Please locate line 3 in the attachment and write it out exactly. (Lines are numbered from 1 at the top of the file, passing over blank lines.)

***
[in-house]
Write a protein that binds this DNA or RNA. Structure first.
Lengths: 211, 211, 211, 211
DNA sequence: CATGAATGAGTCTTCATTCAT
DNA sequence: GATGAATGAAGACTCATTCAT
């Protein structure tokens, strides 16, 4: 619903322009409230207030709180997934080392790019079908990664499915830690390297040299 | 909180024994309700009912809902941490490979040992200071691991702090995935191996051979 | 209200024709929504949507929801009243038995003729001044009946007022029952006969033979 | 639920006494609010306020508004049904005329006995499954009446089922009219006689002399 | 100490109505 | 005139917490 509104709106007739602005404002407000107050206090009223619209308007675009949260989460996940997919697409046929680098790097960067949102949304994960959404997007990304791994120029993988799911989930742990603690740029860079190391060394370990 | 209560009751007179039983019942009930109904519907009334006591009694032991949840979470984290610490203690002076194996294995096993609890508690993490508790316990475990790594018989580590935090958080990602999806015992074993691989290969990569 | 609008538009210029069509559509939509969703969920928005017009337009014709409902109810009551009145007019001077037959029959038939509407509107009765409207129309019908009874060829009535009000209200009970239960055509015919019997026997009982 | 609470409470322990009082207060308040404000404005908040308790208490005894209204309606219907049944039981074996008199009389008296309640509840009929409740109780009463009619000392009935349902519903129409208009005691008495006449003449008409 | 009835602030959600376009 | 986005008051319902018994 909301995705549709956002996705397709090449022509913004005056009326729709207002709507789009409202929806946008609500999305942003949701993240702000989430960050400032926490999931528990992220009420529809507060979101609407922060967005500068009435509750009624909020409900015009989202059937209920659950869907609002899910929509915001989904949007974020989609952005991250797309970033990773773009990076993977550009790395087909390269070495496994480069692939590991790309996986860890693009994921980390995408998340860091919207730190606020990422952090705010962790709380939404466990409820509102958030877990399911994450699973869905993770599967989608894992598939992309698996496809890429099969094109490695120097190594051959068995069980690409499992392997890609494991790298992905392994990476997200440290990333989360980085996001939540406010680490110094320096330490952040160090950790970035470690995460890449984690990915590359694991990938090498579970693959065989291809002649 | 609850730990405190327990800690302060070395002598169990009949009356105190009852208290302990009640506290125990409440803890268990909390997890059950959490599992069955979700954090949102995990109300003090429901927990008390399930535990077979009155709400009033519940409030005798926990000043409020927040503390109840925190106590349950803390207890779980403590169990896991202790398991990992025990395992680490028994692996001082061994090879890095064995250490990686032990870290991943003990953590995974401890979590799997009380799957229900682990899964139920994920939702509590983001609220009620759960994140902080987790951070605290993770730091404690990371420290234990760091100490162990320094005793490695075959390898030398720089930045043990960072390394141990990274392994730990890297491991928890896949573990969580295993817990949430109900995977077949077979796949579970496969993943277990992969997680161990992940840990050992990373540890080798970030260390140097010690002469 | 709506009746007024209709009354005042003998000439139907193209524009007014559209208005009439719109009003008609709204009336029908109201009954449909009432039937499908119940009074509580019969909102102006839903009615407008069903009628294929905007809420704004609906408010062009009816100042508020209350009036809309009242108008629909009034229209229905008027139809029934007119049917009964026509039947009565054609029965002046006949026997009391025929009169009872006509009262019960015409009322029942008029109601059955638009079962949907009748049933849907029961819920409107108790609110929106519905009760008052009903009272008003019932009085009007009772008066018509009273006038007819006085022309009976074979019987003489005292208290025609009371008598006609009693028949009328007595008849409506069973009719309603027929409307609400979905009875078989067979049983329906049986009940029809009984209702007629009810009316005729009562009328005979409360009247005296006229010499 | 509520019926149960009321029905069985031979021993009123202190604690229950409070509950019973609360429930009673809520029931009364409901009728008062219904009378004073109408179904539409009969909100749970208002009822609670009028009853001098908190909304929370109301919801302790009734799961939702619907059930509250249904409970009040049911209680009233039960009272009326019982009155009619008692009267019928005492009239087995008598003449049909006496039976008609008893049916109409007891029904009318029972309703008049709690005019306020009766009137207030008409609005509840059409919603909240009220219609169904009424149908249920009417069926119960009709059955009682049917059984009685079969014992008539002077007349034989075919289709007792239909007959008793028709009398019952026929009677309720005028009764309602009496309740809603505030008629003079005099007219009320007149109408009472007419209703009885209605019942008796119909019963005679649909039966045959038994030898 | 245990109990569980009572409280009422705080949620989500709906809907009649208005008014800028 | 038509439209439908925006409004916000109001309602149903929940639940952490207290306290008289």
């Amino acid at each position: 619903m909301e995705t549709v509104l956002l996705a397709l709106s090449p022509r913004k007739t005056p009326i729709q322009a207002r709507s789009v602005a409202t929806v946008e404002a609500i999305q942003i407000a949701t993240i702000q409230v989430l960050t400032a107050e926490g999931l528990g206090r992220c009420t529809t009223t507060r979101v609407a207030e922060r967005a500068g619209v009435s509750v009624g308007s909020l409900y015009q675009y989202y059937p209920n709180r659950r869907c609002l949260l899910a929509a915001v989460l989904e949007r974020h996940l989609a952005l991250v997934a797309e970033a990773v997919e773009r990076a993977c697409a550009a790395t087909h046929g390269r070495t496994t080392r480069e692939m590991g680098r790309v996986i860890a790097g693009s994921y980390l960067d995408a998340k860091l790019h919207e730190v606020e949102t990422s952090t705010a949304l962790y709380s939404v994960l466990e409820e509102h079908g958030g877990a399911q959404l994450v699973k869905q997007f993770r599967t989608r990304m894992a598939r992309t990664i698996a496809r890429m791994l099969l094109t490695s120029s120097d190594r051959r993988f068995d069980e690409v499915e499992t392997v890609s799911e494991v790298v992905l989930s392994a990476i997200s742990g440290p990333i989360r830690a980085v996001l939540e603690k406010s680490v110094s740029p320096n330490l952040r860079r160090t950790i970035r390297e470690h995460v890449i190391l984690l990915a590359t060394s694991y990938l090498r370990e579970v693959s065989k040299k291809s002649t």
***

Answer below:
Lengths: 211, 211, 211, 211